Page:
Janine Bloomfield volunteers in classrooms to offer 15 – 20 minute mindfulness lessons to K-5 students at West Mercer Elementary. As a scientist, Janine sees a link between the observational skills in scientific research and the mindfulness practice of noticing “what is” in a nonjudgmental way. “If you’re going to take a sample of something, you have to determine exactly what’s there. You’re not going to determine ‘Well, I like that sample better than the other’…You can also apply this to emotions, thoughts, feelings, pain, the whole spectrum of the human experience. That’s the power of it.” (Quote from Mercer Island Reporter, 5.22.14)
Mindful Breathing and Noticing
- Start with a mindful body.
- Close your eyes or focus gently downward.
- Listen to the chime (optional).
- Put your hand on your anchor spot – where you feel your breath.
- Follow the movement of your breath.
- If you notice a distraction, that’s fine, everyone does. Notice it, observe what happened, distractions aren’t good or bad, they’re just what happens…and return to the breath.
What the teachers report
- “Whenever any of my students feels s/he is struggling with focus, we’ve agreed as a class that the student can place his/her hand on their anchor spot, close their eyes, and practice mindful breathing. It’s wonderful to see this throughout the day.” Trina Sherman, 3rd grade teacher
- “I have been able to incorporate this practice to create biofeedback for myself. I have and do use it to provide a calm backdrop on especially stressful days. As a teacher you don’t get to walk away, so having a small thing I can do to initiate stress reduction is critical.” Chris Cocklin Ray, 3rd grade teacher
- A teacher has given the same test every year. This year he led the class in mindful breathing and test taking visualization ahead of time. As a result, he recorded his best scores ever.
What the students say
- “I feel all my worries and thoughts go away and I feel free.” 4th grader
- “When I was at home it was a lot of stress because my siblings were chasing each other up and down the stairs when I was doing my homework so I used mindful breathing to calm down.” 3rd grader
- “I remember when we were taking a hard timed ITBS test that I got stressed on a hard problem and we only had 2 more minutes left and I did 30 seconds of mindfulness and all of a sudden I ran right through that problem easily and had some time to spare.” 4th grader
As a mental health counselor, Sivie Suckerman has been using the Mindful Schools curriculum at Island Park Elementary with grades K, 2, 3 and 5. Even the younger children recognize the importance of mindfulness. One kindergartner reported teaching mindful breathing to her American Girl doll!
Sivie is passionate about creating a mindfulness community that fosters heartfulness – the values of kindness, compassion, generosity and gratitude. To cultivate this community in her school, she facilitates a Mindful Monday Drop-in for teachers in the library. A big step toward her vision was taken recently; Island Park just adopted the Mindful Schools curriculum.
Ways to Nurture Heartfulness
- Send kind thoughts to oneself and others.
- Send friendly wishes to someone.
- I am grateful for _______.
- Notice the experience of generosity – what does it feel like to help someone?
- Reinforce how good we feel inside when being kind, generous, or compassionate to others. Examples: heart feels warm, tingly feeling, floating.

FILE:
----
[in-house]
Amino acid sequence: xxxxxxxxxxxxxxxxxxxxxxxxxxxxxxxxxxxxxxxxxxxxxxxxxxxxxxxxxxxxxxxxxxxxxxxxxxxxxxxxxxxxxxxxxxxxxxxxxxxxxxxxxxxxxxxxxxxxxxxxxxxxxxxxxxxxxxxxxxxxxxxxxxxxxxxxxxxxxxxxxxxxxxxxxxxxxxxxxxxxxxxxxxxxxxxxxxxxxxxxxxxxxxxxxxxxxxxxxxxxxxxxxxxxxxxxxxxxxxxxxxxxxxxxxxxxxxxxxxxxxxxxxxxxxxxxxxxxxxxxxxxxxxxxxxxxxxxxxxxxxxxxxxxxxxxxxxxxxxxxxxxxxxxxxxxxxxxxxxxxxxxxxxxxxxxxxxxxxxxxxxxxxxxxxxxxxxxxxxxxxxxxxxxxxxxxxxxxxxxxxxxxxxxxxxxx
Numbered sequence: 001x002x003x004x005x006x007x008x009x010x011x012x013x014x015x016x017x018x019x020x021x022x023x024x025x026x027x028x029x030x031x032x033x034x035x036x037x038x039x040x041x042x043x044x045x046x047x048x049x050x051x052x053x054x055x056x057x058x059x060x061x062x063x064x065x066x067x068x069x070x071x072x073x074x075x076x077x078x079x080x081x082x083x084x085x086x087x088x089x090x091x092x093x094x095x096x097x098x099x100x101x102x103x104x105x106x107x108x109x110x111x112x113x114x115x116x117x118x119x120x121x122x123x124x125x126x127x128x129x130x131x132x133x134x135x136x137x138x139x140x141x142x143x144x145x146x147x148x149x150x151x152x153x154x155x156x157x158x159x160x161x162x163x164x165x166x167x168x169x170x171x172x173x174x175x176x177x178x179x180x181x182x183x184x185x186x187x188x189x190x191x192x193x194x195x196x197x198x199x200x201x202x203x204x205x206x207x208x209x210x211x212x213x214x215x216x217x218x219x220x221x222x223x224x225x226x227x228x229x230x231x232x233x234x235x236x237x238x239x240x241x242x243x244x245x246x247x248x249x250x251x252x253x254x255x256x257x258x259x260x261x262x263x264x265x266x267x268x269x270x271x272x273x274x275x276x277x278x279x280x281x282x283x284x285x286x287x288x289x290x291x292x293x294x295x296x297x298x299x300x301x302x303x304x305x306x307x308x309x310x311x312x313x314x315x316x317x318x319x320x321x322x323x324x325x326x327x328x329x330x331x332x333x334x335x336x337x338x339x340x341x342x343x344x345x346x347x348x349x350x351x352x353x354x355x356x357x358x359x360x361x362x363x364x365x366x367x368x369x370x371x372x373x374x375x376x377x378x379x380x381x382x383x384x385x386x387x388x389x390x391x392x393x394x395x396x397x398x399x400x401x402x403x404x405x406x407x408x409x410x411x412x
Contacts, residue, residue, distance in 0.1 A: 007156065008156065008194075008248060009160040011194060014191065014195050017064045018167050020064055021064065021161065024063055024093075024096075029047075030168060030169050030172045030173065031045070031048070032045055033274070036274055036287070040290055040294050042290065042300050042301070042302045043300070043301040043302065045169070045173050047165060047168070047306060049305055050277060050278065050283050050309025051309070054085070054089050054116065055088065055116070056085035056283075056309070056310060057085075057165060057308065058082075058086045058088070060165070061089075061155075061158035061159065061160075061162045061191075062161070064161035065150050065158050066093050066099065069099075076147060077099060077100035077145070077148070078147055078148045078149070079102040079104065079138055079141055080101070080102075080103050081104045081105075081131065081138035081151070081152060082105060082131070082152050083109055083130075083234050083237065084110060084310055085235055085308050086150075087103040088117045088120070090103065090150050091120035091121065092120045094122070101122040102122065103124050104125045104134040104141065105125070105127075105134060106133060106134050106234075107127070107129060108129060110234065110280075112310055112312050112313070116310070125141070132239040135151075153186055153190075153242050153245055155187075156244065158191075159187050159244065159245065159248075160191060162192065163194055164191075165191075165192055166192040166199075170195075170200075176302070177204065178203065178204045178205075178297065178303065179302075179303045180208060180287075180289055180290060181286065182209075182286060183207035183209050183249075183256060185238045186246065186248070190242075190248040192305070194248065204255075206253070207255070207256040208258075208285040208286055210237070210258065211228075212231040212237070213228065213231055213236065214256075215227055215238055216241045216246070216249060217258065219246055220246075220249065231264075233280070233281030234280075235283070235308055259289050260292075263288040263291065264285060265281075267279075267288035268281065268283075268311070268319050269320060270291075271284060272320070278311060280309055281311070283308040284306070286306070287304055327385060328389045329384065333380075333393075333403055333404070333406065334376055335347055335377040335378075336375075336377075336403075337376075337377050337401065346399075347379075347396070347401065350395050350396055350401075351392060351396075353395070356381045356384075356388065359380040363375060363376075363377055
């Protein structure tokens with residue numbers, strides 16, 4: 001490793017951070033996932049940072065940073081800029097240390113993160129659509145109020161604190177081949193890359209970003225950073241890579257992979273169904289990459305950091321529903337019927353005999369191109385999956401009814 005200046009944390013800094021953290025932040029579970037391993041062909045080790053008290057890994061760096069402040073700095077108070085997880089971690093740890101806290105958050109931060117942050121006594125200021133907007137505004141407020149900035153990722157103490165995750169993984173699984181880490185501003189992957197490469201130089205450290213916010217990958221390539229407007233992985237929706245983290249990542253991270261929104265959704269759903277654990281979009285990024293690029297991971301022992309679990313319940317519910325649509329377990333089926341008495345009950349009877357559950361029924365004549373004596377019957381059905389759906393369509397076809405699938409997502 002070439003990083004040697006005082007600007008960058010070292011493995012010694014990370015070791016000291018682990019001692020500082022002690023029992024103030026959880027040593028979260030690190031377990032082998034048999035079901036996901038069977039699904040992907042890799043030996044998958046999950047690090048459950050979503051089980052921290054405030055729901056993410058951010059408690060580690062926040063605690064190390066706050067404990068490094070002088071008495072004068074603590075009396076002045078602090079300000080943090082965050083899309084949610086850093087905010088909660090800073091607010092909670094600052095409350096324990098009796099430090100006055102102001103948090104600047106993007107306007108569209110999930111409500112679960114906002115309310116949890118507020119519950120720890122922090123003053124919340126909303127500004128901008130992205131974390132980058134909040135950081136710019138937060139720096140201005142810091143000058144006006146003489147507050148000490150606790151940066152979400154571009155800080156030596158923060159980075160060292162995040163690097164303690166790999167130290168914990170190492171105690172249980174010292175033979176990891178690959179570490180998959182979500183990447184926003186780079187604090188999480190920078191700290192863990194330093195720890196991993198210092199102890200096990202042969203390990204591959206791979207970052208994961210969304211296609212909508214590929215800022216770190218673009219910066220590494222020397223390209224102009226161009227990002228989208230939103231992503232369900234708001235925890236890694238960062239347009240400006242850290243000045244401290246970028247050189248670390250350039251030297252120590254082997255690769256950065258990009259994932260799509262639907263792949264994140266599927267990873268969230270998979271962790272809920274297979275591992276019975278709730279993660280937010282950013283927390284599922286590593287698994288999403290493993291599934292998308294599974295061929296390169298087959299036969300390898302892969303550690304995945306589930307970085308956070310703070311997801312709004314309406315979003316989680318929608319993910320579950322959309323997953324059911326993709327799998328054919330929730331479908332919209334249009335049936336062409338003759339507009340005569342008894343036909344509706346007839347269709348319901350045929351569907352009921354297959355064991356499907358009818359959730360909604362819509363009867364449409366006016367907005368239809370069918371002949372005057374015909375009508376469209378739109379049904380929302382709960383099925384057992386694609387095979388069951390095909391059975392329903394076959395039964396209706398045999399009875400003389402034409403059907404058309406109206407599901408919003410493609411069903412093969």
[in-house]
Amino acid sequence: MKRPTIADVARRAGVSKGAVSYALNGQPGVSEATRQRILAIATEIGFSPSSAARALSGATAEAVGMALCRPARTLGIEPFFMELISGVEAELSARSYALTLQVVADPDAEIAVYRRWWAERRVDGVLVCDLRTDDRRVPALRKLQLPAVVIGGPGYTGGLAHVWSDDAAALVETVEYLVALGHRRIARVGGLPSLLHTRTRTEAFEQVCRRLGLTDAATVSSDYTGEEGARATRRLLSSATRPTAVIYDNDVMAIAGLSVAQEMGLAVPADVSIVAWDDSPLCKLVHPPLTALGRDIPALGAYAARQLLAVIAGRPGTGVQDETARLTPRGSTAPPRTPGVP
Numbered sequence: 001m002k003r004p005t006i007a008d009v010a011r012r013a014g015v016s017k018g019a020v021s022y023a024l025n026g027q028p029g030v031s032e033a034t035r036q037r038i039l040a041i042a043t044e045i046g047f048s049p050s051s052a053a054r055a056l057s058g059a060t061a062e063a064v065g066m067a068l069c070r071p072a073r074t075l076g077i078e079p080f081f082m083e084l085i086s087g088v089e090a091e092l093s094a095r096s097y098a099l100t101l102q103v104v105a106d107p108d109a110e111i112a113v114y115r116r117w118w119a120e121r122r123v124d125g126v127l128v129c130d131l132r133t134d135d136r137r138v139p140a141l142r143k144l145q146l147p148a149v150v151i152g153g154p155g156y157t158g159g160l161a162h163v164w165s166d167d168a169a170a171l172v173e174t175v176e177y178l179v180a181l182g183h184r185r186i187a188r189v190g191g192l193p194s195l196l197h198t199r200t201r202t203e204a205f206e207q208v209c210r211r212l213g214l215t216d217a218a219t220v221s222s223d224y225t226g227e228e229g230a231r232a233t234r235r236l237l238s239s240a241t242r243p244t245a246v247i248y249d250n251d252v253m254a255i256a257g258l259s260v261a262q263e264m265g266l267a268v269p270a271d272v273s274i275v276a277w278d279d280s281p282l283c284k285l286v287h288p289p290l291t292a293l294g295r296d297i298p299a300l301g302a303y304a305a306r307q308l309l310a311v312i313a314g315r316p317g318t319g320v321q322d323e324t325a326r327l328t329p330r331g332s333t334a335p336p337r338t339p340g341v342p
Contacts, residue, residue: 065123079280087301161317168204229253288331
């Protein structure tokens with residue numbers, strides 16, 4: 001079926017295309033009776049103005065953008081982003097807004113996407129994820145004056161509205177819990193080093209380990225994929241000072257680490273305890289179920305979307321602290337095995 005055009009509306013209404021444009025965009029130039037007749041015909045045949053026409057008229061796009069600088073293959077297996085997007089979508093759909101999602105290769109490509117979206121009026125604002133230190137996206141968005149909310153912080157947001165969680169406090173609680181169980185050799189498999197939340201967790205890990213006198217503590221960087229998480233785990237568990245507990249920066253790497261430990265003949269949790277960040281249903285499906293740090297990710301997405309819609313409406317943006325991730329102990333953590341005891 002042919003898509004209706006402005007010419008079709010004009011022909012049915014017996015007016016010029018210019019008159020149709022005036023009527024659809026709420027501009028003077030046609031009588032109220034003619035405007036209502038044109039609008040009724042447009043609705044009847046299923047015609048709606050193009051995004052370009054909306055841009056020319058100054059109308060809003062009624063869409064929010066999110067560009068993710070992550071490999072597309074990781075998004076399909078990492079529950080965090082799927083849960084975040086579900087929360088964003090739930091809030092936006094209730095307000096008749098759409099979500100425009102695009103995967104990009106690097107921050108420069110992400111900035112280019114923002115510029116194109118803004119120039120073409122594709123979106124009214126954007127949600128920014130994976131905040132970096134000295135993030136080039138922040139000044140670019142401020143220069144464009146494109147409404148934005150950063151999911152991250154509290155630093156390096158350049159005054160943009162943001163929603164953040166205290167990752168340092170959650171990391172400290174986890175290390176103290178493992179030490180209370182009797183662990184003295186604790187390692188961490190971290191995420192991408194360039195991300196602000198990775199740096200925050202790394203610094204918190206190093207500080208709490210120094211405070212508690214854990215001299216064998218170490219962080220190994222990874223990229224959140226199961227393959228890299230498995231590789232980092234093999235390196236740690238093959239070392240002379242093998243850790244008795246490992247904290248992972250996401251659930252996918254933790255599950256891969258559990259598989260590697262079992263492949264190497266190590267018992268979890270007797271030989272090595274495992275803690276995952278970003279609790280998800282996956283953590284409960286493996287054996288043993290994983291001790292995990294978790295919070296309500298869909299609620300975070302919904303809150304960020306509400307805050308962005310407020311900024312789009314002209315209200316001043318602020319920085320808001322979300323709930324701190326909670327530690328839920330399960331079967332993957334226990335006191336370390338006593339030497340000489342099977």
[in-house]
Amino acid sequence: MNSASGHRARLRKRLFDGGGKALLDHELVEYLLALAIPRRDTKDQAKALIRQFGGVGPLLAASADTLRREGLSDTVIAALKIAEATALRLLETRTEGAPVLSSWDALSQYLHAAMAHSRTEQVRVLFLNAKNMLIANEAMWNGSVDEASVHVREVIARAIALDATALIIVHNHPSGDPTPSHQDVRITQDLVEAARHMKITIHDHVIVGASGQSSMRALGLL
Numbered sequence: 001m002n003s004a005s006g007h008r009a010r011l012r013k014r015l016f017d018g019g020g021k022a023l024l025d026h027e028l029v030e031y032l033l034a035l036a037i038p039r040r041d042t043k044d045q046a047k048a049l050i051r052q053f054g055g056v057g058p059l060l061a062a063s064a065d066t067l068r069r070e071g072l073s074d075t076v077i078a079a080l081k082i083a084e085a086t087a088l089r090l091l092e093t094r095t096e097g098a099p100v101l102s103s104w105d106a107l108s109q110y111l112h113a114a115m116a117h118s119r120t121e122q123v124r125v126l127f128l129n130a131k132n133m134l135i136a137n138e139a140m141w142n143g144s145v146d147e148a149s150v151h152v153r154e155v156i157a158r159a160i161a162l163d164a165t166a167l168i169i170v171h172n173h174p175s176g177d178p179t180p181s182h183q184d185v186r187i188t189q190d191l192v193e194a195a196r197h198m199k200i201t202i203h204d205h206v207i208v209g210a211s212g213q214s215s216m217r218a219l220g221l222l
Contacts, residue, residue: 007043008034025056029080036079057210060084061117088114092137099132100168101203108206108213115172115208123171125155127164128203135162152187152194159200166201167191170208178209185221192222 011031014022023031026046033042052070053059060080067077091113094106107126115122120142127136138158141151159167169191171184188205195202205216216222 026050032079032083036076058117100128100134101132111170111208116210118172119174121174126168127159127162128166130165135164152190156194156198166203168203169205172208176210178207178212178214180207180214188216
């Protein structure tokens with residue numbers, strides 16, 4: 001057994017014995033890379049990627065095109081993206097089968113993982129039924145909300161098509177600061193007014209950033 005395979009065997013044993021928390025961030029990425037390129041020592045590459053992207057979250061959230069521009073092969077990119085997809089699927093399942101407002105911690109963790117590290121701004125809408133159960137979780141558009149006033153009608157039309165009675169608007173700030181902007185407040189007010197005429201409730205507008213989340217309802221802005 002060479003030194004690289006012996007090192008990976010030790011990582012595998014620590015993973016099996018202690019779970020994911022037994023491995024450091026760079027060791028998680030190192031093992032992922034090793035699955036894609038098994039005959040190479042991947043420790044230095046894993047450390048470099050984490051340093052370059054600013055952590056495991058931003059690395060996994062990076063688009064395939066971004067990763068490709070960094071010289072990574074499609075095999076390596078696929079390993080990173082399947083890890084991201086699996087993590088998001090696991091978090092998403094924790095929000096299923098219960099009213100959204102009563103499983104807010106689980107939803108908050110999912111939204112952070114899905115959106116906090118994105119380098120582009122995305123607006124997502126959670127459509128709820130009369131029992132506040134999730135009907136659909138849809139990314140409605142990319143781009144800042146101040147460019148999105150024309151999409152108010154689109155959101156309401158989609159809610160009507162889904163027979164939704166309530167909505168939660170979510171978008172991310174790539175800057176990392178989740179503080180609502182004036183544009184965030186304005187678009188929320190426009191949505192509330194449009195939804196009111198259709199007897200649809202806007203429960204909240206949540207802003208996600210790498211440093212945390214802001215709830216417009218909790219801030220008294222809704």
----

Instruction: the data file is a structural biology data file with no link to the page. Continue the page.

- Weave language that builds understanding and kindness into each day, for example, “I’m noticing the expression on Monica’s face. She looks sad. What can we do to help her feel better?”
Sivie believes compassion begins with helping students practice self-acceptance through nonjudgmental awareness. For example, one 5th grade boy remarked, “I realized that I worry a lot about things in the future.” Once recognized, he can notice when this occurs and choose to redirect his attention with kindness and compassion towards himself and consequently towards others. He can then feel less occupied with his own concerns and be more present and attentive to others’ needs.
- “When I walk into a 3rd grade classroom, some kids stop me and close their eyes, while telling me they are sending me kind thoughts.”
- “The 5th grade class became incredibly interested in noticing how many people are on electronic devices all the time instead of connecting with each other. One boy shared an experience in Starbucks, where he noticed that every customer was immersed in their electronic devices. So he walked up to the barista and started a conversation!”
- Heartfulness ripples out to global issues. A 3rd grader stated, “If we used our Mindful Eyes, then we would take better care of our environment.”
Janine Bloomfield, PhD. Janine teaches mindfulness at West Mercer Elementary, Mercer Island, WA. She is a scientist and parent of children in the school district. You can find out more about Janine and her program, along with parent resources and links, at her website: http://www.mindexplorekids.org.
Sivie Suckerman, MA, LMHC, CMHS. Sivie is a mental health counselor at Island Park Elementary, Mercer Island, WA. Sivie has a private practice where she utilizes mindfulness in a therapeutic setting: www.playful-minds.org.
Blog Series – Mercer Island Panel Discussion
- Mindfulness in the Mercer Island Schools. Introduction to a Panel Discussion held on May 22 in Mercer Island, WA. Includes background of presenters and links to mindfulness curriculums.
- Teaching Mindfulness and Heartfulness in Mercer Island Elementary Schools. Teaching the core mindfulness practice and creating a mindfulness community at the elementary school level. 6.30.14
- Teens Crave Mindful Moments – Mercer Island Schools. Teaching mindfulness at the middle and high school levels. 7.14.14
- Mindfulness in Education Research Highlights. Resources for research on mindfulness education. 10.15.14